It's already possible in most states to classify missing younger children as "endangered" based on age. But codifying by law police procedures for missing children into a one-size-for-all will cause foreseeable problems. And it's not clear it will actually help. In cases where the child has been abducted/murdered, especially when that's been done by family, unfortunately it's often too late to save the child's life by the time LE becomes involved (as it would have been here.) And children are much more likely to be killed by caretakers than by strangers.

    And as I recall, part of that initiative (or perhaps another done at the same time) was to require Amber Alerts for all runaways under a certain age. That would completely change the current purpose of those alerts. So far as I know, an Amber Alert can be issued only when there is reasonable belief an abduction has occurred AND there is information about the abductor, the vehicle, the time/place of the abduction...or something. It's not just a "be on the look out for a child" alert right now.

    But as the use of Amber Alerts has increased, lots of people have turned off Amber Alerts on their cell phones. (I have.) Otherwise I receive fairly frequent alerts about abductions (almost always involving a non-custodial parent) occurring hundreds of miles away. And certainly during the pandemic unless the abductor pulls into my driveway I'm unlikely to see him/her. Receiving constant alerts about the thousands of younger kids who are reported to have run away each year will cause even more people to ignore the alerts entirely.

    This is a heart-breaking case. And it's natural for people to want to do something when heart-breaking cases occur. And sometimes what's done makes sense. There have been many "victim laws" enacted including the Amber Alert law. But not all knee-jerk reactions make sense. Creating laws that tie up LE and increase the number of emergency alerts issued won't keep kids safer, IMO. The key to increased safety lies in the hands of those closest to kids. And I'm talking about adults being responsible, not siblings or step-sibs like 17-year old HH. (The issue of whether HH helped cover up the crime is a different issue. But an awfully lot of people seem to think she should have protected GS, a position I can't endorse.)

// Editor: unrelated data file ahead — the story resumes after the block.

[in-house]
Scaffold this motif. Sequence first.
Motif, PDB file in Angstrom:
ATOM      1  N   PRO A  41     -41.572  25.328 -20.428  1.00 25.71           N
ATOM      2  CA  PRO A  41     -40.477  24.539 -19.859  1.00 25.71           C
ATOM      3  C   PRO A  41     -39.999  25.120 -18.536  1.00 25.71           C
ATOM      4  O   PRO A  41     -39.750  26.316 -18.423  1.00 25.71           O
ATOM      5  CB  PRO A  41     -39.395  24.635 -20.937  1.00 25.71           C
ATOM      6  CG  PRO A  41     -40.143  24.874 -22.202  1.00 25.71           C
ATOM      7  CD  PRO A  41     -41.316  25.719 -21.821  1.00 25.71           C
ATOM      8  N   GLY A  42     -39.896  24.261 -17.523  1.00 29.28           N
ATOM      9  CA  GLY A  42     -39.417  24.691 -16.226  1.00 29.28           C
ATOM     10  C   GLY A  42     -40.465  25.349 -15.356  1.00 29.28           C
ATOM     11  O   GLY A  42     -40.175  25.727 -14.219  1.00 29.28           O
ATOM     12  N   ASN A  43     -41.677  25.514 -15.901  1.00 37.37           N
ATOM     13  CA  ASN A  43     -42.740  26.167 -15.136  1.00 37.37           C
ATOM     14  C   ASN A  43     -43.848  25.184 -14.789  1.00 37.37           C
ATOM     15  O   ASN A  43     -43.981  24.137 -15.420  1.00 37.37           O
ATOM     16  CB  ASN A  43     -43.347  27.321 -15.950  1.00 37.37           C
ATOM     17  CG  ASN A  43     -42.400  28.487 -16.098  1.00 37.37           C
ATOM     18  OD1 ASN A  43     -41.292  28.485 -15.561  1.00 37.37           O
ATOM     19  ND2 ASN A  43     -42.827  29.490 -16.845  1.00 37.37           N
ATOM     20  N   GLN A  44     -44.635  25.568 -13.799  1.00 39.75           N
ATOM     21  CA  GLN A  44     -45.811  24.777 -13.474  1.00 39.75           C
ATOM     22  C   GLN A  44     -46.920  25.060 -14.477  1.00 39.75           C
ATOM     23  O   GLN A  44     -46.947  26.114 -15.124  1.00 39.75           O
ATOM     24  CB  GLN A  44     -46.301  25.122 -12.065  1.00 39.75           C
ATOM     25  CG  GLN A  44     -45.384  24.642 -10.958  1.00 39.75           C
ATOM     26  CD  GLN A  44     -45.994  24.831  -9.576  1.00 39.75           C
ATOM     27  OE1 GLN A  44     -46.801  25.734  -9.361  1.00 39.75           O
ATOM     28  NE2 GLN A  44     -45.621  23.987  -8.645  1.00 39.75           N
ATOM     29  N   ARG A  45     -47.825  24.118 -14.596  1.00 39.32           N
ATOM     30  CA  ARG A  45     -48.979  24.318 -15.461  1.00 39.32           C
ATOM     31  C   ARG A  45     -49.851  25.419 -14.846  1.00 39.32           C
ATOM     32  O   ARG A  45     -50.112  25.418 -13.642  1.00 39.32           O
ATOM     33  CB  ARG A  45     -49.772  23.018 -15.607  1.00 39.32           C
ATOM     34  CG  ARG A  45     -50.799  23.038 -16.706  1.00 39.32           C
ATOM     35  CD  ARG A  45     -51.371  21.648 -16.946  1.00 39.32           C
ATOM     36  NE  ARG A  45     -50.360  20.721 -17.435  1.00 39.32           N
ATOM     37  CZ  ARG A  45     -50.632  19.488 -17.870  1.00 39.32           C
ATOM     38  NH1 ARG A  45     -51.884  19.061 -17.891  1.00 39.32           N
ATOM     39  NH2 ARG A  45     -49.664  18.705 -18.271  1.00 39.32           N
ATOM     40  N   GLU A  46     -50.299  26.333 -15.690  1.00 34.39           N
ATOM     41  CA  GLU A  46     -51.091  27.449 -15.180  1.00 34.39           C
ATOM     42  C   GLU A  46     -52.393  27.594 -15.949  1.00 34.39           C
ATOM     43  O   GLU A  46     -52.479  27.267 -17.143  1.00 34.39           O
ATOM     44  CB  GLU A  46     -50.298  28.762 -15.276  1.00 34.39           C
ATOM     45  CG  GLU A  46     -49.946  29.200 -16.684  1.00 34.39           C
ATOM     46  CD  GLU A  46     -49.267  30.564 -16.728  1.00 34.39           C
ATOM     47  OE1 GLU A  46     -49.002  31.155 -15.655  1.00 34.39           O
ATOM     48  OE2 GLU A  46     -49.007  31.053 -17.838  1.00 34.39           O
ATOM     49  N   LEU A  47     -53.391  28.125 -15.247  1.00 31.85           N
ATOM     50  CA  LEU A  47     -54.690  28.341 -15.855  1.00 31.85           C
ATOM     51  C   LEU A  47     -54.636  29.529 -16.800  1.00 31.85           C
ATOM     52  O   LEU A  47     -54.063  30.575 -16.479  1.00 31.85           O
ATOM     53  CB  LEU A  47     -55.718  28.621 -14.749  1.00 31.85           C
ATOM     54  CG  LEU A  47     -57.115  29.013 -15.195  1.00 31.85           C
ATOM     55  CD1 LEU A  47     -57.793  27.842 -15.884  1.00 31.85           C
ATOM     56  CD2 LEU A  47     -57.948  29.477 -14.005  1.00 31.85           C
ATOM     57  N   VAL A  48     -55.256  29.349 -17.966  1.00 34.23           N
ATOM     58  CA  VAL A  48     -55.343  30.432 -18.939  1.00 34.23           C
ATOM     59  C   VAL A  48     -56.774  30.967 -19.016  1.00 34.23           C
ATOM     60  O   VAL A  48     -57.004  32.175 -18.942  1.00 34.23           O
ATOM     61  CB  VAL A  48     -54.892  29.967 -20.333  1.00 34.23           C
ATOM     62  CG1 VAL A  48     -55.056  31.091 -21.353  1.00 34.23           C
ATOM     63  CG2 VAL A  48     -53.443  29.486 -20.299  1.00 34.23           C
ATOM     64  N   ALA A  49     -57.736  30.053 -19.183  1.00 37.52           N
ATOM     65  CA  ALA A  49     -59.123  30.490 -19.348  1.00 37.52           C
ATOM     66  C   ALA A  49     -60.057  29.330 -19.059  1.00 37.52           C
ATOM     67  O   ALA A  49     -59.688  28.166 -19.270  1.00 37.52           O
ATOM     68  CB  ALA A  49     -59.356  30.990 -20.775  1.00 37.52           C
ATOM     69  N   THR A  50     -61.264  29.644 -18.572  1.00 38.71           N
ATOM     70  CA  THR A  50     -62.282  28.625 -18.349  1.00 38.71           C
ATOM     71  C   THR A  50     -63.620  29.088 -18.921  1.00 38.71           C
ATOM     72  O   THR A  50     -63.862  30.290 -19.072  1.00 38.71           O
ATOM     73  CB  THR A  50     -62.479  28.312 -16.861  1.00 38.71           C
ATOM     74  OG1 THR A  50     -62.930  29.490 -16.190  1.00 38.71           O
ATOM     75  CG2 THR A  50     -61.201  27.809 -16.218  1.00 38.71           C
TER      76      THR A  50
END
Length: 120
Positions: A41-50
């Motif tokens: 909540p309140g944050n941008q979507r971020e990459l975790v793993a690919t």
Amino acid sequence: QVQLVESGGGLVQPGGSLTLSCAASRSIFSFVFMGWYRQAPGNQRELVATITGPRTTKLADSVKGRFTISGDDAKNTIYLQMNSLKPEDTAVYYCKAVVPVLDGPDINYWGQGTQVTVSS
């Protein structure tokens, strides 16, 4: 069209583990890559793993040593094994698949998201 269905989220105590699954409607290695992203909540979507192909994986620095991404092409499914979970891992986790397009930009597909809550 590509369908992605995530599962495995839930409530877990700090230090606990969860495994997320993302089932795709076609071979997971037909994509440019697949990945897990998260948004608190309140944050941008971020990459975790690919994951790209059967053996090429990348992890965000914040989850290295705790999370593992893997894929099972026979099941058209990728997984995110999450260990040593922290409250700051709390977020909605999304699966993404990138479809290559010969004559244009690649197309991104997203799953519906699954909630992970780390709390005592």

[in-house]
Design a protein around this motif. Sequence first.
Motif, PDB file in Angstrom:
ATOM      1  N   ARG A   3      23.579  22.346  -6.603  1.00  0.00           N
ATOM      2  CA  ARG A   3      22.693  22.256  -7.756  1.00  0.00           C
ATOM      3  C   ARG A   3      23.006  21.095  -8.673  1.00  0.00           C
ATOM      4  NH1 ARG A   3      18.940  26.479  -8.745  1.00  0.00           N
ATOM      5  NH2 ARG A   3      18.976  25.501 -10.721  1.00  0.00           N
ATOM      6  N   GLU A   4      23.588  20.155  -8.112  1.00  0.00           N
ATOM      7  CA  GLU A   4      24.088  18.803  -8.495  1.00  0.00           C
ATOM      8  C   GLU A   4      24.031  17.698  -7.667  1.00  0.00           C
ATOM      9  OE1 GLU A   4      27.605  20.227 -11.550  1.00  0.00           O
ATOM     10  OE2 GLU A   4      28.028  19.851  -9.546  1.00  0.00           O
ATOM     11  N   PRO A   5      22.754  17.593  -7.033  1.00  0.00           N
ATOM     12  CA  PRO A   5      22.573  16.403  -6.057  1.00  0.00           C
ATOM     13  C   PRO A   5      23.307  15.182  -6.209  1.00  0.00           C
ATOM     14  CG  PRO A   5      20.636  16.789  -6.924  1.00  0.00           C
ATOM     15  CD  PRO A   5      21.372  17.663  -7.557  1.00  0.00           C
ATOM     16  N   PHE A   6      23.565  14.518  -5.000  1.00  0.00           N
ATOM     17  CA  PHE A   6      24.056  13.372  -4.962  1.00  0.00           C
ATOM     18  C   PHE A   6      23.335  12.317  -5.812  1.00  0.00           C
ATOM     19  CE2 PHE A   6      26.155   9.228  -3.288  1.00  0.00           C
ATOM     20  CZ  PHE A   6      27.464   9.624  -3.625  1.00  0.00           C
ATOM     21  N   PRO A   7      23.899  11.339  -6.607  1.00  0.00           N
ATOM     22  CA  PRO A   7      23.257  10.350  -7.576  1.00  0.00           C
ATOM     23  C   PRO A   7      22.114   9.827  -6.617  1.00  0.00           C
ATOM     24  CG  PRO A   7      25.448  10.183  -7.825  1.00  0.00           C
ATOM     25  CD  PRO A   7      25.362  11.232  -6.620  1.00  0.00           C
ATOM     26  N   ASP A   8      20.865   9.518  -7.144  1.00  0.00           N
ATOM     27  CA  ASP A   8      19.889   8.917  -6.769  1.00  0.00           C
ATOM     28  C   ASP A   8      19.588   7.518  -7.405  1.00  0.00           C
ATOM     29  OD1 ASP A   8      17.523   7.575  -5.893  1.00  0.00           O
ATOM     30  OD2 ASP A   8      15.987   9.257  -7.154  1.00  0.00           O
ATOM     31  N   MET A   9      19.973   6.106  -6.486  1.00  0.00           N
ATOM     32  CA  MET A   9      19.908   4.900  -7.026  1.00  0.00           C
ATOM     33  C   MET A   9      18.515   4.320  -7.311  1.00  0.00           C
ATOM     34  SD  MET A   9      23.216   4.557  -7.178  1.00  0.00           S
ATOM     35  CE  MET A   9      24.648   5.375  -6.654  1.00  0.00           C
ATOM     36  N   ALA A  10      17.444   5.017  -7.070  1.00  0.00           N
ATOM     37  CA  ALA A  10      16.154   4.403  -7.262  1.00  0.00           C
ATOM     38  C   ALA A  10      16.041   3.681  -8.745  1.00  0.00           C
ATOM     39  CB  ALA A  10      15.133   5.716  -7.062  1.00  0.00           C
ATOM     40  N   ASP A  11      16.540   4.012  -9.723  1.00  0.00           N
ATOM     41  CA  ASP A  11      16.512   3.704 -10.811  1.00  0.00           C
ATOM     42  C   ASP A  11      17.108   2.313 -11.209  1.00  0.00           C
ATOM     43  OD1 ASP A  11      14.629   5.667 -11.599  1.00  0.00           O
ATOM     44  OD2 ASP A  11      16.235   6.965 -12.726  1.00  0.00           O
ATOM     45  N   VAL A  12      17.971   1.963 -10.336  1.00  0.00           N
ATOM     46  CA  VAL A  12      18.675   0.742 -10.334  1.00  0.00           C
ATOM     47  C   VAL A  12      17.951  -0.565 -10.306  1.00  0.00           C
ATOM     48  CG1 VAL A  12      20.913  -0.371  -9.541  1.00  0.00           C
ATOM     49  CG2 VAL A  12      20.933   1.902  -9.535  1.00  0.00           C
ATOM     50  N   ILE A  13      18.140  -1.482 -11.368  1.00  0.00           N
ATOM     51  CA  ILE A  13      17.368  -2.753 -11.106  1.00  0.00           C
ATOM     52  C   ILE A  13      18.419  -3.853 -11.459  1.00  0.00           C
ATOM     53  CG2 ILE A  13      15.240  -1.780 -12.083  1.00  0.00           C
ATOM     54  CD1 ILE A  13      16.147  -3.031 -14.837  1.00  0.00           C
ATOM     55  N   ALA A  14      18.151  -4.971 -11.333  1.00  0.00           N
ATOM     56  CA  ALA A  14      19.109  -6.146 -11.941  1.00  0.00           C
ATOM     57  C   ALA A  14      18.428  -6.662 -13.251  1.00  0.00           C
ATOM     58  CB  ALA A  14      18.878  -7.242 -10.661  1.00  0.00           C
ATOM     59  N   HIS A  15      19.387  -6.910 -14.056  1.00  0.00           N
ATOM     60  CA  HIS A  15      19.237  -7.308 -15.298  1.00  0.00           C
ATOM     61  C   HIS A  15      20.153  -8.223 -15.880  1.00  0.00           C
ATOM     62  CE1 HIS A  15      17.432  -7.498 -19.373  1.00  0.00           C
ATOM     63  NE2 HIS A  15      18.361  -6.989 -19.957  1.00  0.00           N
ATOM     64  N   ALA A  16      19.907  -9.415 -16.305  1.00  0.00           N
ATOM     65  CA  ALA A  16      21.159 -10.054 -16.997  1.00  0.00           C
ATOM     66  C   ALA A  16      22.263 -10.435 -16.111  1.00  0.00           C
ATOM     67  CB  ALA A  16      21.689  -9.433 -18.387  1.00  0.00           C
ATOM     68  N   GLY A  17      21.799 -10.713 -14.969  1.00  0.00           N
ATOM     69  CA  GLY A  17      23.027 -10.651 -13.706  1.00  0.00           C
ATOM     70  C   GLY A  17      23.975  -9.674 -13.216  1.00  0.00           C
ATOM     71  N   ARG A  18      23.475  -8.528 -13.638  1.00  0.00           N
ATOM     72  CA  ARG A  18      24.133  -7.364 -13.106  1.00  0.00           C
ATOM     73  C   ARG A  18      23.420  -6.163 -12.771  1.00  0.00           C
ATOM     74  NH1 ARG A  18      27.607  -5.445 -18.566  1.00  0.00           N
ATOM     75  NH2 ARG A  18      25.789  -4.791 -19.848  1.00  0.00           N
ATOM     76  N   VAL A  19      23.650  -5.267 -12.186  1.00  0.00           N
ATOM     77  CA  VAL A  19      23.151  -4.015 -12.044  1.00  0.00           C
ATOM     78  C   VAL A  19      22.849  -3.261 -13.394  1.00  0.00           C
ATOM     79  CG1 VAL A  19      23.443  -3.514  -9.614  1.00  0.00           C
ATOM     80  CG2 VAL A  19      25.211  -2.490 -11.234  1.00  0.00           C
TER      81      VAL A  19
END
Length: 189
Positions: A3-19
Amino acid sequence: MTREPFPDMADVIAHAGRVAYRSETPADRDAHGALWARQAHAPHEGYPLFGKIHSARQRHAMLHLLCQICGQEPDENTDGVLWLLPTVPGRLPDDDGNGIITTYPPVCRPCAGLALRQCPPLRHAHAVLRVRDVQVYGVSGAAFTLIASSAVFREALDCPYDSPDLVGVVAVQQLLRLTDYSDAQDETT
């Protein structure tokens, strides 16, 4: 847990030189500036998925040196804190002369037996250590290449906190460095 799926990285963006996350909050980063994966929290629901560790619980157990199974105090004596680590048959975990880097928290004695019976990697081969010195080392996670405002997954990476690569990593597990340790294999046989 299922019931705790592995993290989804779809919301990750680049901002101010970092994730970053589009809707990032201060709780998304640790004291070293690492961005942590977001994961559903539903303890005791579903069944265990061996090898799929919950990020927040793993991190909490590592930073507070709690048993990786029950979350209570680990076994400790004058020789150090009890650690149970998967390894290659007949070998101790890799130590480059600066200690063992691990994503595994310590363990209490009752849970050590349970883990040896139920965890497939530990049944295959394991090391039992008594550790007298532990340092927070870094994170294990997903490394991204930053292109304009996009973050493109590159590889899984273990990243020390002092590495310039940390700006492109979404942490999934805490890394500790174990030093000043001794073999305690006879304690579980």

JMO
     
  19. imstilla.grandma

    imstilla.grandma Believer of Miracles

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    I really *like* your common sense post. I’ve amended my stance on HH and her involvement over the last few days. Reading she was along for the ride to Florida upset me. I thought to myself - how could she not know Gannon’s remains were in the vehicle? Thinking back to my own kids and particularly my granddaughter at that age - pondering how young, naive and inexperienced 17 really is - just barely old enough to drive: Idk, I’m not ready to pass judgment on that minor. We don’t have all the facts yet. The sour cherry on top is the unique influencing factor of Tecia. Can you imagine being raised and spending a whole s e v e n t e e n years with that woman? A warped sense of right and wrong might result. Loyalty and compliance probably trumped all commands and demands. HH was taught to trust with no questions asked. Why would she believe her mother killed her brother, stuffed him in a suitcase and loaded him in the trunk along with the rest of the luggage? Why would she question her mom wanting to get out of town to avoid the press?
     
  20. ZoriahNZ

    ZoriahNZ Well-Known Member

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    But from my understanding, "probable cause" still needs to be established, of a crime having been committed. Being a runaway wasn't a crime. A person isn't contraband.

    According to the officer's own testimony nothing seemed initially untoward or suspicious.